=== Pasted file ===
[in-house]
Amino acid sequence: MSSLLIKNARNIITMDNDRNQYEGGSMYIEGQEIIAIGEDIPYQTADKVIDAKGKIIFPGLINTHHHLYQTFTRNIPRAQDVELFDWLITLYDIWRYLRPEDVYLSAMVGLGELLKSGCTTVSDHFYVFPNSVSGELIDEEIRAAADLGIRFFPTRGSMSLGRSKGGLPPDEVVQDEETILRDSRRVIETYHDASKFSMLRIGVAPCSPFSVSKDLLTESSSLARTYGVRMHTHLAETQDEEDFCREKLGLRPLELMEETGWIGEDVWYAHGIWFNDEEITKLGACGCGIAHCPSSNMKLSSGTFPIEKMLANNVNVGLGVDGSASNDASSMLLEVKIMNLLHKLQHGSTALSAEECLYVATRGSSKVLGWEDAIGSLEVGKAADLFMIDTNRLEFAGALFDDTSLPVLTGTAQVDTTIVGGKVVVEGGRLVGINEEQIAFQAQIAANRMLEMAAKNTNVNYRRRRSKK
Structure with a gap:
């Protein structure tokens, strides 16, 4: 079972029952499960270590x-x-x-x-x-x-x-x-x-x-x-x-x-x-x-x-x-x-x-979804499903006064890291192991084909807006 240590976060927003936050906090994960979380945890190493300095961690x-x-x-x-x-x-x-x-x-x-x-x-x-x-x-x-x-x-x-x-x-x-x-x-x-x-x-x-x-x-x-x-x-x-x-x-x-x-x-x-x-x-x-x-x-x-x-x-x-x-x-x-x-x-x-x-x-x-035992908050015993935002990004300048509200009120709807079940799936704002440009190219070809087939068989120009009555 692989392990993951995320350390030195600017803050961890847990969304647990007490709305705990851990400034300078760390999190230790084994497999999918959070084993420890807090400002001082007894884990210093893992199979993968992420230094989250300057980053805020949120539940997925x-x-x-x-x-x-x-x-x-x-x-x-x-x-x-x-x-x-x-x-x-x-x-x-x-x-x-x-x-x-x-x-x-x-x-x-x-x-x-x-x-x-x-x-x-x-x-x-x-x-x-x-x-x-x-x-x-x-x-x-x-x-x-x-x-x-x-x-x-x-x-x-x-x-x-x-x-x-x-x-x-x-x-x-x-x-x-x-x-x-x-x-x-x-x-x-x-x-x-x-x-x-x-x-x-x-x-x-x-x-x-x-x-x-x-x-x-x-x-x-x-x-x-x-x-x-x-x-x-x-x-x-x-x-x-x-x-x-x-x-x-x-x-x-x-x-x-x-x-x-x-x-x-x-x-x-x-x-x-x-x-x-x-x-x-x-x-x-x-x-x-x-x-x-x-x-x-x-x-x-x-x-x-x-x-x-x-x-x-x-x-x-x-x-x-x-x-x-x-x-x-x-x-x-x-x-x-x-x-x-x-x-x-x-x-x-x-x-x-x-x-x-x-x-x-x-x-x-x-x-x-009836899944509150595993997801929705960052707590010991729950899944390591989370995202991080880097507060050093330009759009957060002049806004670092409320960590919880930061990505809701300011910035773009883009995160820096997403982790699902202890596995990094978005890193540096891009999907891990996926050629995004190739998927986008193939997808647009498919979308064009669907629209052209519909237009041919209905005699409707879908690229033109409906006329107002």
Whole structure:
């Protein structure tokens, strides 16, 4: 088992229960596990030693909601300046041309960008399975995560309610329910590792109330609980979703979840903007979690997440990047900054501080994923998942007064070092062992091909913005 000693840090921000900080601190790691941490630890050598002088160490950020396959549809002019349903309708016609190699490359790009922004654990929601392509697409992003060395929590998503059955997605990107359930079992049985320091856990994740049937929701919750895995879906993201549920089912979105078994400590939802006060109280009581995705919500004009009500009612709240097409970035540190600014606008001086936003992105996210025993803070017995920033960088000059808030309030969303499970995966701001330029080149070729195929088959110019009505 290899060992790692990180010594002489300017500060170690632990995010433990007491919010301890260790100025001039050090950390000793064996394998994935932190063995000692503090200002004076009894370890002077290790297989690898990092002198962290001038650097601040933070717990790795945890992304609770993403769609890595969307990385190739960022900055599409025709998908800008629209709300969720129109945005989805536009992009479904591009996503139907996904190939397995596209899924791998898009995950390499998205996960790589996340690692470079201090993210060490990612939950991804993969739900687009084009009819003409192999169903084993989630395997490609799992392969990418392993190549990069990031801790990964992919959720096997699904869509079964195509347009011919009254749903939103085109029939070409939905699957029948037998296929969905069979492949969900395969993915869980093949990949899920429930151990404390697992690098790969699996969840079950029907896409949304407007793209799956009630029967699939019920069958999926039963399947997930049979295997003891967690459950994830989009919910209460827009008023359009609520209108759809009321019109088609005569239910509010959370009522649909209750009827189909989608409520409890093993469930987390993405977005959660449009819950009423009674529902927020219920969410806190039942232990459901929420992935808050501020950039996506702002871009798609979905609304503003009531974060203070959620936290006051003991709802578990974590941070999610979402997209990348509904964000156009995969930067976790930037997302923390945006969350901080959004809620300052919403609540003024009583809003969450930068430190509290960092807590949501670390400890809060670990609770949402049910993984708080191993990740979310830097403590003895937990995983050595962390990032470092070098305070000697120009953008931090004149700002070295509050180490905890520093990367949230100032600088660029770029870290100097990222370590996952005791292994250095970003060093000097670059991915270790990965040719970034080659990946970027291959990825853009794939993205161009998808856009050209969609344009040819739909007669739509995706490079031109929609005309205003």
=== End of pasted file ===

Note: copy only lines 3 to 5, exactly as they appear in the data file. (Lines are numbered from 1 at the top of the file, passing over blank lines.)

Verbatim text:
Structure with a gap:
């Protein structure tokens, strides 16, 4: 079972029952499960270590x-x-x-x-x-x-x-x-x-x-x-x-x-x-x-x-x-x-x-979804499903006064890291192991084909807006 240590976060927003936050906090994960979380945890190493300095961690x-x-x-x-x-x-x-x-x-x-x-x-x-x-x-x-x-x-x-x-x-x-x-x-x-x-x-x-x-x-x-x-x-x-x-x-x-x-x-x-x-x-x-x-x-x-x-x-x-x-x-x-x-x-x-x-x-x-035992908050015993935002990004300048509200009120709807079940799936704002440009190219070809087939068989120009009555 692989392990993951995320350390030195600017803050961890847990969304647990007490709305705990851990400034300078760390999190230790084994497999999918959070084993420890807090400002001082007894884990210093893992199979993968992420230094989250300057980053805020949120539940997925x-x-x-x-x-x-x-x-x-x-x-x-x-x-x-x-x-x-x-x-x-x-x-x-x-x-x-x-x-x-x-x-x-x-x-x-x-x-x-x-x-x-x-x-x-x-x-x-x-x-x-x-x-x-x-x-x-x-x-x-x-x-x-x-x-x-x-x-x-x-x-x-x-x-x-x-x-x-x-x-x-x-x-x-x-x-x-x-x-x-x-x-x-x-x-x-x-x-x-x-x-x-x-x-x-x-x-x-x-x-x-x-x-x-x-x-x-x-x-x-x-x-x-x-x-x-x-x-x-x-x-x-x-x-x-x-x-x-x-x-x-x-x-x-x-x-x-x-x-x-x-x-x-x-x-x-x-x-x-x-x-x-x-x-x-x-x-x-x-x-x-x-x-x-x-x-x-x-x-x-x-x-x-x-x-x-x-x-x-x-x-x-x-x-x-x-x-x-x-x-x-x-x-x-x-x-x-x-x-x-x-x-x-x-x-x-x-x-x-x-x-x-x-x-x-x-x-x-x-x-x-009836899944509150595993997801929705960052707590010991729950899944390591989370995202991080880097507060050093330009759009957060002049806004670092409320960590919880930061990505809701300011910035773009883009995160820096997403982790699902202890596995990094978005890193540096891009999907891990996926050629995004190739998927986008193939997808647009498919979308064009669907629209052209519909237009041919209905005699409707879908690229033109409906006329107002």
Whole structure: